The Standard American Diet (SAD), or Western Pattern Diet, is a recent phenomenon, born of increased industrialization that allows for nearly unlimited access to high-calorie foods with little diversity in food choices. Aspects of this diet have repeatedly been correlated with the chronic disease conditions that are so common in our culture including type 2 diabetes, heart disease, and various cancers.
Walking through the zoo today, an eerie cry from above caught my attention. It was the long and ghostly call of a seagull in battle with a red-shouldered hawk. Although it was unclear what caused the argument, the gull was continually diving aggressively toward the hawk who appeared to remain unperturbed and gently swooped out of the gull’s way each time.
The gull’s screams seemed to become more forlorn and desperate as the hawk continued to glide toward its destination, ignoring each of the the gulls valiant attempts. Eventually, the gull gave up and turned to fly off into another direction, its cries continuing to echo throughout the area. Watching all this, my hearbeat changed as I simultaneously felt the desperation of the gull and the satisfaction of the hawk, feelings that come from some far more ancient part of my body and that do not require words or detailed thoughts to comprehend.
This is part of what it is to connect with animals and nature — to have moments where we can share emotions, experiences, and to learn from them about how the Earth works — to know that it is always in a balance of giving and taking, of life and death. Beautiful, breathtaking, and heartbreaking all at once.
As I was having these thoughts, I glanced around at the zoo visitors near to me. There I was obviously staring into the sky watching other beings in an intense moment of life experience and no one else had even noticed, despite the desperately loud alarm calls and all of the amazing aerial acrobatics. The people were walking along pointing at lumps of sleeping animal masses. They were showing their kids confined animals, trying to make a connection with the natural world, but missing the point and missing the amazing display of animal behavior directly above their heads.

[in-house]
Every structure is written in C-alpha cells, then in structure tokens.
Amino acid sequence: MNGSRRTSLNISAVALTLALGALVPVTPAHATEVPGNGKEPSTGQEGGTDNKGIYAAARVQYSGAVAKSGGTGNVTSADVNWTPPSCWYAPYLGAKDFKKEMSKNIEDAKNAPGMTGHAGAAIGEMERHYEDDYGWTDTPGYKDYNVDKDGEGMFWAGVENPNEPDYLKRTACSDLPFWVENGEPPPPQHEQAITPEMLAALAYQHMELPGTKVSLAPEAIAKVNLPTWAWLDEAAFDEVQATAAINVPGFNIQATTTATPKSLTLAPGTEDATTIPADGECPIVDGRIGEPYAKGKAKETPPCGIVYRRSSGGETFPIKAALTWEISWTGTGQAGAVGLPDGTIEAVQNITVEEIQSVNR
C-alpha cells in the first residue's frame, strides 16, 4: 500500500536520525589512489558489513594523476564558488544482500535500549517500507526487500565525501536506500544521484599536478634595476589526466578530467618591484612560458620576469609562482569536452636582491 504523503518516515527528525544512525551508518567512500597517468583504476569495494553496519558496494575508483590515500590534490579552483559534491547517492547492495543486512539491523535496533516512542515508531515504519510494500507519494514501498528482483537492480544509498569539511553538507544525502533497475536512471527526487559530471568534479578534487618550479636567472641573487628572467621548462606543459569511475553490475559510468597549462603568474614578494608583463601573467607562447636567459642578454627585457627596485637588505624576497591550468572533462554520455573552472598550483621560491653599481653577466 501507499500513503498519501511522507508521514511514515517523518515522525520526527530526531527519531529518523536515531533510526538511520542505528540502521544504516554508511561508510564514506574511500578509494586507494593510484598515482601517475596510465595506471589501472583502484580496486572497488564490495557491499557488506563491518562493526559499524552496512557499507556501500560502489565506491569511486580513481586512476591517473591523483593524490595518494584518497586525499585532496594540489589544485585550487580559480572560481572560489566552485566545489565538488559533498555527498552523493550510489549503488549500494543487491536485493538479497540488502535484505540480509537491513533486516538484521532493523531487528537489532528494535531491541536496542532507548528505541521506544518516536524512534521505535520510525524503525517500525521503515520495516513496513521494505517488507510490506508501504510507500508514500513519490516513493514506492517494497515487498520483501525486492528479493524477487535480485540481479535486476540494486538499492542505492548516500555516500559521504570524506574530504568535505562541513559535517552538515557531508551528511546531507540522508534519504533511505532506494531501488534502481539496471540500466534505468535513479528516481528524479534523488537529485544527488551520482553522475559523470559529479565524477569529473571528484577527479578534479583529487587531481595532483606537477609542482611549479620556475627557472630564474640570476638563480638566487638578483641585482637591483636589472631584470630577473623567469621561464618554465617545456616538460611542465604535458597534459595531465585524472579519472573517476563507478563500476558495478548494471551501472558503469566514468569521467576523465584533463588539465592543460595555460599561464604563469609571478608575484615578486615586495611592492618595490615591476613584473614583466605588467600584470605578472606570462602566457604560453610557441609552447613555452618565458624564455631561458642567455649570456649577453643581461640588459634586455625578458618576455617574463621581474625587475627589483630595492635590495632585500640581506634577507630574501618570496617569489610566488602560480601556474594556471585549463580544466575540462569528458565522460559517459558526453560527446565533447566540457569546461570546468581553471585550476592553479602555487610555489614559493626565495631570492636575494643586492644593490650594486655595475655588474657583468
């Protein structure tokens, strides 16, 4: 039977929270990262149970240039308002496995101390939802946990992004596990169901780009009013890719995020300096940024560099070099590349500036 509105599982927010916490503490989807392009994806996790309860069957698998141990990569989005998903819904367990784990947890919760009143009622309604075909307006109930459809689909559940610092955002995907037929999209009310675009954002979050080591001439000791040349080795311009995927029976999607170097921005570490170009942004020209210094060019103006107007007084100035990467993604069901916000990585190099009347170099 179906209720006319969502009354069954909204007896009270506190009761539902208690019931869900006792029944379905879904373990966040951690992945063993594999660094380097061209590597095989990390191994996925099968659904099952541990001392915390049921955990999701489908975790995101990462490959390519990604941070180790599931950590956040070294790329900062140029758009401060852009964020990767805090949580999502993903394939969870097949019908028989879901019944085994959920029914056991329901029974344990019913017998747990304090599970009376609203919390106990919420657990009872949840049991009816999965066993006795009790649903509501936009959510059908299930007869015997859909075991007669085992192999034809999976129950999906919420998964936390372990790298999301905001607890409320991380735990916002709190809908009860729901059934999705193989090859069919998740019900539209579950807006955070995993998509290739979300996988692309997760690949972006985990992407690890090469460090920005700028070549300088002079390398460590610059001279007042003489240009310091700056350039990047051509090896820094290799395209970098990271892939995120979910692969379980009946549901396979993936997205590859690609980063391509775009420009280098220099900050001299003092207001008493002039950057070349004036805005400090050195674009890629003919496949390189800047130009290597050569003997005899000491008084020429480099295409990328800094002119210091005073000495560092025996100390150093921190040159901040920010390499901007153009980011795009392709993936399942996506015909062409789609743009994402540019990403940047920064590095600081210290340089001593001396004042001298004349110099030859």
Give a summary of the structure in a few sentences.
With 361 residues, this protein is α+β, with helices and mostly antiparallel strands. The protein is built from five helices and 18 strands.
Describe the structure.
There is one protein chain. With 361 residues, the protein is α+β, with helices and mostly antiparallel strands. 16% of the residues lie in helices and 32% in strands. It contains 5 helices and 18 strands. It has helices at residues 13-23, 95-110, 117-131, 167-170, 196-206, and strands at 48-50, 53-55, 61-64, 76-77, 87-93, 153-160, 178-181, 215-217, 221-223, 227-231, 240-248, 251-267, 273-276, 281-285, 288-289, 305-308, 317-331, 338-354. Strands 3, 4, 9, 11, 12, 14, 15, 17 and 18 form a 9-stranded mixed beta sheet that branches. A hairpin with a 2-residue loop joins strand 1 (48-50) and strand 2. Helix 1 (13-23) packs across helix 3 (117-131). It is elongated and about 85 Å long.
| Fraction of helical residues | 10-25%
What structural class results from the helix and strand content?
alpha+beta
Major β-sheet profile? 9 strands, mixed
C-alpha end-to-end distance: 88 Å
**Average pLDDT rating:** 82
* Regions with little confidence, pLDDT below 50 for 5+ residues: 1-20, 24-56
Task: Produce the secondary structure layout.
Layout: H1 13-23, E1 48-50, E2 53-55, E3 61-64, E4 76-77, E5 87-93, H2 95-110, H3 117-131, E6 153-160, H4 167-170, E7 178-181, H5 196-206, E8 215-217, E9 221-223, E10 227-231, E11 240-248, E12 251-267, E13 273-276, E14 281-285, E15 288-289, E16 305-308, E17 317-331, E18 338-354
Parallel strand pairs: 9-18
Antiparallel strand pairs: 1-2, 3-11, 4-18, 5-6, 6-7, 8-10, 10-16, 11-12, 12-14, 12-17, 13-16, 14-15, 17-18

Many people seem to come to the zoo because they want to connect with animals, they want to feel like they still have some understanding of nature. They tap the glass trying to get animals to look into their eyes and acknowledge that they exist, but all the while ignoring the animal life that is going on around them.
Animals needn’t look into our eyes to remind us of a connection to nature because it’s already there, it has just been forgotten. And the best way to remember the connection is not to try to capture the attention of zoo animals, but to reawaken one’s senses and notice that nature is everywhere and is always communicating. Like, for example, this interaction between a gull and a hawk and all that this can teach us about the balance between perseverance and of letting go.
Do these life lessons come from watching confined animals at the zoo? If not, what type of lessons do arise from watching animals at the zoo?
And when animals at the zoo do share eye contact with us, when we recognize them as individuals in their artificial enclosures and feel a connection, what does this reflect back to us? What does this say about how we relate to nature currently and how we live our lives? Are we living freely and in balance with the rhythms of nature, or have we created a system of captivity for ourselves?